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The Mary Couts Burnett Library is sporting new technology since its expansion opened in early October.

Though some of the space is still being completed, the addition holds some noteworthy technologies for students to utilize.

Giga Lab

The Giga Lab is located on the first floor of the library and features high-power computers and audio-visual editing suites.

“We have had requests from students who had projects that require a lot of memory and a lot of processing power,” Library Director of automated systems Kerry Bouchard said. “We didn’t have the computers to do that previously.”

These computers offer more computing power than their counterparts in the information commons and feature programs that are usually only available in departmental labs.

“These are machines that have a lot more throughput,” Library Dean June Koelker said. “They will allow student to do some more [powerful] applications.”

Fab(rication) Lab

The Fab Lab, or Fabrication Lab, is also located on the first floor and is notable by it’s 3-D printing technology.

“We have a new staff member Brad Trussell, who is Innovation Collaborator,” Bouchard said. “He’s working on getting everything up and running. Later he’ll be meeting with teachers and student to figure out how they can use this with their classes.”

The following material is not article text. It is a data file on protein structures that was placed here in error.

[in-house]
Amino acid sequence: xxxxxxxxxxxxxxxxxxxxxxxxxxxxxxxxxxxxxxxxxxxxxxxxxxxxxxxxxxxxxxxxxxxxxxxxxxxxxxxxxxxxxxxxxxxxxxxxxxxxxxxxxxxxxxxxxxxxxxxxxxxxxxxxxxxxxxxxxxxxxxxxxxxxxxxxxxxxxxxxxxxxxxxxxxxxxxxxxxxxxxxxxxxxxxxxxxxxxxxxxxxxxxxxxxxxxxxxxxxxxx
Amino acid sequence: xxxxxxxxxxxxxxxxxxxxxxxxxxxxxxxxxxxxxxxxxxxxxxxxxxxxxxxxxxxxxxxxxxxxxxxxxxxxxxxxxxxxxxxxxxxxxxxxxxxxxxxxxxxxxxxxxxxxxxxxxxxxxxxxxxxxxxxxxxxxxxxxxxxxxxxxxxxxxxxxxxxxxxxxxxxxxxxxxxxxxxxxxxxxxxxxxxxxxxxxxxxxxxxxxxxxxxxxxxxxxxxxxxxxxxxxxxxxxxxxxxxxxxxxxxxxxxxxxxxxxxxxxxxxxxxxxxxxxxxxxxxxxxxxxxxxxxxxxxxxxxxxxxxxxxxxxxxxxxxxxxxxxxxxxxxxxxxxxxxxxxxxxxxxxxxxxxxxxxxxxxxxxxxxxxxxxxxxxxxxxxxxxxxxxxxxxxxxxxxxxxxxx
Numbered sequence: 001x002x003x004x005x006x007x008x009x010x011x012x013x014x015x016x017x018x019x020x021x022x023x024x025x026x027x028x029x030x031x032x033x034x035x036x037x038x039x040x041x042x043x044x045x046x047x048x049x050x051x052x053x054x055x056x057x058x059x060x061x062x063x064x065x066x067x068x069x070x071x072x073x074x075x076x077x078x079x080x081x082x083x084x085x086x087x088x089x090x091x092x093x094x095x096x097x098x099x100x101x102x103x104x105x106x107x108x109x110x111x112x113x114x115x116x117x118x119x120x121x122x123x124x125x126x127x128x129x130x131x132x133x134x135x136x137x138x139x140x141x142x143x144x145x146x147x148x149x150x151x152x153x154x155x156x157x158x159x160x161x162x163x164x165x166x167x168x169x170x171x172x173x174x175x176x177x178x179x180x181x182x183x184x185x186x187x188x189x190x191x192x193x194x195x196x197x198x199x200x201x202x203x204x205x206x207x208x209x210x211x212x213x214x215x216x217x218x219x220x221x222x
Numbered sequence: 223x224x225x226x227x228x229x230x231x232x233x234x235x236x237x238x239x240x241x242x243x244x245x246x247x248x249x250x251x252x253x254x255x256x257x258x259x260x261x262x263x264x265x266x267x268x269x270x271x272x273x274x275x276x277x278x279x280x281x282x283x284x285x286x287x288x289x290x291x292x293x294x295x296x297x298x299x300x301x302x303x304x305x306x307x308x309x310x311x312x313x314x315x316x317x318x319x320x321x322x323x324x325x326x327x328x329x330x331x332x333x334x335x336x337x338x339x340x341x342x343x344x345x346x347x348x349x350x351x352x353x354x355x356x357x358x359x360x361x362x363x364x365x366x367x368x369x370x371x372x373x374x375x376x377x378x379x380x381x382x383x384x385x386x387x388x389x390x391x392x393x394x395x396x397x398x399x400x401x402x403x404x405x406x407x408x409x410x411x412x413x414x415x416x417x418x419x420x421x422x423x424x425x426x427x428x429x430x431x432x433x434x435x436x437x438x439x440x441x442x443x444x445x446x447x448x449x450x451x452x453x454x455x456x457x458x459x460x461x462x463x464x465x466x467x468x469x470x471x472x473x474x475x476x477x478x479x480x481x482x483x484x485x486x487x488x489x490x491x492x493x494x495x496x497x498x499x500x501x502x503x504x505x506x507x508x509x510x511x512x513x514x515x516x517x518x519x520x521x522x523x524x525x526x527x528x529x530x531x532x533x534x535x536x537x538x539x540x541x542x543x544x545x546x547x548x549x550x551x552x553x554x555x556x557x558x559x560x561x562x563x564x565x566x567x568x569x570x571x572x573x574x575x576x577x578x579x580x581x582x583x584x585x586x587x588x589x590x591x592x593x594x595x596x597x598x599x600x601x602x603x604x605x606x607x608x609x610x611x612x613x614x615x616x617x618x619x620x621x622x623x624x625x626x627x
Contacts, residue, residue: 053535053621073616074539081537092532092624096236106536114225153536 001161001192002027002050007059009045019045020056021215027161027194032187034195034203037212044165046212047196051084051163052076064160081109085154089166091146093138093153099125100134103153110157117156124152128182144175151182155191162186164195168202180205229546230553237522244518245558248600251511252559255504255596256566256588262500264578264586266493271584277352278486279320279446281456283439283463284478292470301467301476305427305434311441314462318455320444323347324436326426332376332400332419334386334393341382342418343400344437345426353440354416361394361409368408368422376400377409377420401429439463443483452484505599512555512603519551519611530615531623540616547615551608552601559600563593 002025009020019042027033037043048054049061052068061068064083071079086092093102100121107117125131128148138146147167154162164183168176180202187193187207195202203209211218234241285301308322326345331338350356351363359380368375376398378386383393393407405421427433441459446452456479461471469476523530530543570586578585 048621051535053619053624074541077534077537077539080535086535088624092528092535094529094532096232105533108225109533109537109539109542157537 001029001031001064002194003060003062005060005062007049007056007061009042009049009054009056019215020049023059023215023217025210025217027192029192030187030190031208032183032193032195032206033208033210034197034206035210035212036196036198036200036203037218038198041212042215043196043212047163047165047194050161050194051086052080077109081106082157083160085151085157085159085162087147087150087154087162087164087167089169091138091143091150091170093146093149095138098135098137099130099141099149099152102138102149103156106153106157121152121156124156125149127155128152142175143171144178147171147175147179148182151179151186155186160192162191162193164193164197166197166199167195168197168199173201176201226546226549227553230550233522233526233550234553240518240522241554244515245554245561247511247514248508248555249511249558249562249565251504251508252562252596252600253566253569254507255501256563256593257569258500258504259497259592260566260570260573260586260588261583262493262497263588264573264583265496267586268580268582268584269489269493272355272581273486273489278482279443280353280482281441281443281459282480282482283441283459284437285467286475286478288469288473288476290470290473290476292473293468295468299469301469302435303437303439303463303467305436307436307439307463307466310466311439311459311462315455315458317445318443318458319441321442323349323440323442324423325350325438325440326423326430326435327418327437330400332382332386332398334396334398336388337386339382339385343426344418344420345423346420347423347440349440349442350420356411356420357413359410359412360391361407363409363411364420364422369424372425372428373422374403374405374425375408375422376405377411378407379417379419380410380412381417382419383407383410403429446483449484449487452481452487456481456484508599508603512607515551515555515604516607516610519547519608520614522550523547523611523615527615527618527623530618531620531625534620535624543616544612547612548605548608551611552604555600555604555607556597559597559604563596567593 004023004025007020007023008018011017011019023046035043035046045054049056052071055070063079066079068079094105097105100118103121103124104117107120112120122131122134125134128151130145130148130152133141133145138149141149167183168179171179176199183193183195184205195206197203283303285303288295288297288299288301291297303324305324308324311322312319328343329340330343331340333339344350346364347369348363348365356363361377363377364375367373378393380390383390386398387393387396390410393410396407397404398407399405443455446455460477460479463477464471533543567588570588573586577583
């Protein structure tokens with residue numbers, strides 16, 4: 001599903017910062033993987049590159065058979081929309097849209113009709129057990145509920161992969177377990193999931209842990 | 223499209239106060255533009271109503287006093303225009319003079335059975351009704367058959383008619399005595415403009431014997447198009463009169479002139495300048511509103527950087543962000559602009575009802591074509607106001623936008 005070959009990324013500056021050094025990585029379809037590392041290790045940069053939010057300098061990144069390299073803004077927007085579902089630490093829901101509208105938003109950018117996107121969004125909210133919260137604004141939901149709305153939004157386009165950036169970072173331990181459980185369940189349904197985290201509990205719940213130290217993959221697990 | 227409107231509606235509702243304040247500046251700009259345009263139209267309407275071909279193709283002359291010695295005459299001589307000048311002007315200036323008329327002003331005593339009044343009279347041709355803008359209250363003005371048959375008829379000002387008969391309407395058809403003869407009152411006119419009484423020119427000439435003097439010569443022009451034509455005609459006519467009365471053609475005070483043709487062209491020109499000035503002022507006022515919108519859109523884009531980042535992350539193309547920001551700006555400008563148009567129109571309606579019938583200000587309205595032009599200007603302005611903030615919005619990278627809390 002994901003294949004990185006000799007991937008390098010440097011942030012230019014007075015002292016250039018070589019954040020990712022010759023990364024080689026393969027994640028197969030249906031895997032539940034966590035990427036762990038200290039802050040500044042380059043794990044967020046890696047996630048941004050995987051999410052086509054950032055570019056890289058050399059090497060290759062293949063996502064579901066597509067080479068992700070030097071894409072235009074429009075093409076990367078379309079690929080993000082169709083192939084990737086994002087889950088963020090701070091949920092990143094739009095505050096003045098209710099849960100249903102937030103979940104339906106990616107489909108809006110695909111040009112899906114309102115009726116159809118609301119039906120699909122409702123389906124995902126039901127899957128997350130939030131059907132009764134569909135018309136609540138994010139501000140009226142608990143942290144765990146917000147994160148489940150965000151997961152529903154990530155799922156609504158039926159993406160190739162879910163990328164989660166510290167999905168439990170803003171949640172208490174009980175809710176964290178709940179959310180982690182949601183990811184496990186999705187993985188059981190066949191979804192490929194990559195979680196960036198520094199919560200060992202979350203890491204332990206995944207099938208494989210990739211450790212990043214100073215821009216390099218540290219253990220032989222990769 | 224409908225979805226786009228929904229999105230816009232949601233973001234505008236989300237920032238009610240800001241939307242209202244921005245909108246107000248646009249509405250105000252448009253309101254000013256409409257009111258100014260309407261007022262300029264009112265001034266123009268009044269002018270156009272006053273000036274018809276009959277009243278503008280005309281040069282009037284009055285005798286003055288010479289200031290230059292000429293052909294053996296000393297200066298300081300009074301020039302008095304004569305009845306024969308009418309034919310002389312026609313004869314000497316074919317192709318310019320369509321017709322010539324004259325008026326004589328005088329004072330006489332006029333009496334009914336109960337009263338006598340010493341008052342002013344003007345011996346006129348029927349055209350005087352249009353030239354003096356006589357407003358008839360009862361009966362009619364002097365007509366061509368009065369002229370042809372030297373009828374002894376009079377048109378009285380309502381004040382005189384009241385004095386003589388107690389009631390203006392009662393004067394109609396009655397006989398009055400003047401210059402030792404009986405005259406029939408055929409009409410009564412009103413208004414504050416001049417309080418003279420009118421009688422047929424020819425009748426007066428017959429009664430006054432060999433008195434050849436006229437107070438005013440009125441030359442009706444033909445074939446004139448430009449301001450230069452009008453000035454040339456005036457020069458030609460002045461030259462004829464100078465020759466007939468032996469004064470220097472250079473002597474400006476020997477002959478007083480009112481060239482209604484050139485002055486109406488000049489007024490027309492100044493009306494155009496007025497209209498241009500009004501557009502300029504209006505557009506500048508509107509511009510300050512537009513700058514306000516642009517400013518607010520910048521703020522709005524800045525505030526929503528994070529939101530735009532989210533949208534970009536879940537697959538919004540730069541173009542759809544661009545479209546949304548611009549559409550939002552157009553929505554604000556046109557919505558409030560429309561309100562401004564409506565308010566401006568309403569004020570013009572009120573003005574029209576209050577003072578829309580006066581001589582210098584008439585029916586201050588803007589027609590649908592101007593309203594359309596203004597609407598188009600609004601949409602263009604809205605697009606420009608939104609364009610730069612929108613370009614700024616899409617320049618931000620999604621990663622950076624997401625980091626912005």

Currently, the printers are in the space and active, but more concrete rules and regulations for using the machines will be released.

Interactive Wall

The Interactive Wall is one of the first things seen when students enter the library from the first floor of the new entrance facing Rees-Jones.

“It’s touch sensitive,” Koelker said. “So there is a lot of information that we put up that’s very interesting.”

The wall features information about one of TCU’s academic themes that runs throughout Rees-Jones Hall: water.

“We have a lot of examples of faculty research and library content that is water based,” Koelker said.

The touch screen allows students to filter through all of the information that will change as time goes on.

While there is a collection of new gadgets for students to use, the library still has many features yet to come.

“The coolest [feature] is one we’re still planning,” Koelker said. “Data visualization.”

Data visualization takes data-based concepts and visualizes them in an immersive way.

Koelker and Bouchard both noted North Carolina State University’s library as having data visualization that TCU could emulate.

“The room was immersive,” Koelker said. “They had a large immerse model of Shakespeare’s London and it was as if you were actually walking down the cobblestone streets.”

Though the TCU library doesn’t currently have these capabilities, Koelker said they are in TCU’s future.

“I don’t see technology as an isolated ‘I want some technology this afternoon’ kind of thing,” Koelker said. “The productivity of the students is very much enhanced because the have these options.”